TALLAHASSEE, Fla. — Amendment 11 on the November ballot is aimed at taking certain "obsolete" and "discriminatory" language out of the Florida Constitution.
The bundled proposal focuses on changes to three sections of the constitution.
- Titled Property Rights; Removal of Obsolete Provision; Criminal Statutes
- Deletes language from the constitution that prevents non-citizens from having property rights
- Deletes language from the constitution that approves high-speed rail
- Allows the state legislature to make new criminal laws retroactive
The first part of Amendment 11 focuses on property rights of non-citizens.
According to the ballot language, the amendment "removes discriminatory language related to real property rights."
It centers around Article I, Section 2 of the Florida Constitution. The controversial section of the constitution prevents "aliens ineligible for citizenship" from owning, buying and selling land.
"They're not referring to 'out of space' people," said political expert Darryl Paulson. "In all likelihood, they're referring to any group that was considered to be unpopular at some point in Florida history."
It was added into the Florida constitution back in the 1920s as an attempt to restrict the property-rights of Asians as part of the "Alien Land Laws."
This is the second attempt to repeal that section of the constitution.
Removal of Obsolete Provision
The second part of Amendment 11 relates to high speed rail. According to the ballot language, the amendment would "remove obsolete language repealed by voters."
It centers around Article X, Section 19 of the Florida Constitution. The section was added during the effort to bring high-speed rail to the Sunshine State. The high-speed ground transportation system was later rejected by voters in 2004, but never taken out of the constitution.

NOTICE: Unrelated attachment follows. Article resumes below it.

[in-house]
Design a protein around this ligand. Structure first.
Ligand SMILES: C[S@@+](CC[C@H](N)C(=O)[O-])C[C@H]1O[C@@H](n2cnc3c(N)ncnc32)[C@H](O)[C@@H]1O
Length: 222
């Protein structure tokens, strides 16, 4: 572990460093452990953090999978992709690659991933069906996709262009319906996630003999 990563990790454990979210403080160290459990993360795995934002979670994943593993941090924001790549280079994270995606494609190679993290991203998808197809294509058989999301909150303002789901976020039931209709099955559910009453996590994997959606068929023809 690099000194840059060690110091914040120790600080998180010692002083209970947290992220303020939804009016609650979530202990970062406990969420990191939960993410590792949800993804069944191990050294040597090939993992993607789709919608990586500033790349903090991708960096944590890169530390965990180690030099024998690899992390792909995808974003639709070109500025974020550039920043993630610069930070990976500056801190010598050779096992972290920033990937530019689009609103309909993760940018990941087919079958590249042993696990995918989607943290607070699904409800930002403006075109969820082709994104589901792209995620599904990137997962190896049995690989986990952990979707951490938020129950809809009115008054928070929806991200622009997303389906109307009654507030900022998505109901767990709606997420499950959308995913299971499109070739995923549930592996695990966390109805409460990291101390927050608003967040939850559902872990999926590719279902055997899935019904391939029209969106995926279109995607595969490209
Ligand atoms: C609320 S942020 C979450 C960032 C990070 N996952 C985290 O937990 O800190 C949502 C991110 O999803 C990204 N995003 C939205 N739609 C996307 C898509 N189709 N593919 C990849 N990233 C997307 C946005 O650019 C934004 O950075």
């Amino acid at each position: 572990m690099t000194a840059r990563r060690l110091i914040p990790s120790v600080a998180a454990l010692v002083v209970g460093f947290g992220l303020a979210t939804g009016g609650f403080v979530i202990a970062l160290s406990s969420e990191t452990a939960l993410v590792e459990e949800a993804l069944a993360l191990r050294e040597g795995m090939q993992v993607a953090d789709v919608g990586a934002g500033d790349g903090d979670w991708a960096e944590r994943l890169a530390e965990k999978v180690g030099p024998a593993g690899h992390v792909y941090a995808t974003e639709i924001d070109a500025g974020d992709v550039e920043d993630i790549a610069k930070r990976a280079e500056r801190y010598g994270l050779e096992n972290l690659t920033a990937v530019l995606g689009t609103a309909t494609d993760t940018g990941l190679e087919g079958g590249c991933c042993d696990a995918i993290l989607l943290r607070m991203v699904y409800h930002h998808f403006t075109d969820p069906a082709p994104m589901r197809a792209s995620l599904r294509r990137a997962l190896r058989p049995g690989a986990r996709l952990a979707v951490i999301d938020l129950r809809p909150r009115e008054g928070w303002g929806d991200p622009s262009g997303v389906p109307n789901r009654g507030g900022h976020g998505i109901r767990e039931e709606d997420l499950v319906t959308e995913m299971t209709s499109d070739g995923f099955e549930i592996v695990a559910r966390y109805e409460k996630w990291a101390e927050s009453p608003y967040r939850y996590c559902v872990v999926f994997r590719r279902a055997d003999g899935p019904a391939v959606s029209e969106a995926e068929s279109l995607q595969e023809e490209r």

"Why have the provision in the constitution if it doesn't exist any longer," said Paulson.
The third part of Amendment 11 centers around the criminal justice system. It centers around Article X, Section 9 of the Florida Constitution.
Currently, state law prohibits the state from retroactively applying a new criminal statute to sentencing for a crime committed before the change. It’s known as the state’s Savings Clause. Amendment 11 would remove that clause.
According to the ballot language, it "deletes provision that amendment of a criminal statute will not affect prosecution or penalties for a crime committed before the amendment."
In other words, the amendment would allow lawmakers to make new criminal laws retroactive.
Amendment 11 was put on the November ballot by the Constitution Revision Commission.
Supporters believe the constitution needs to be updated with the changes that reflect today. Some critics have opposed the bundling of the amendment, tying together three sections of the Constitution that have nothing to do with each other.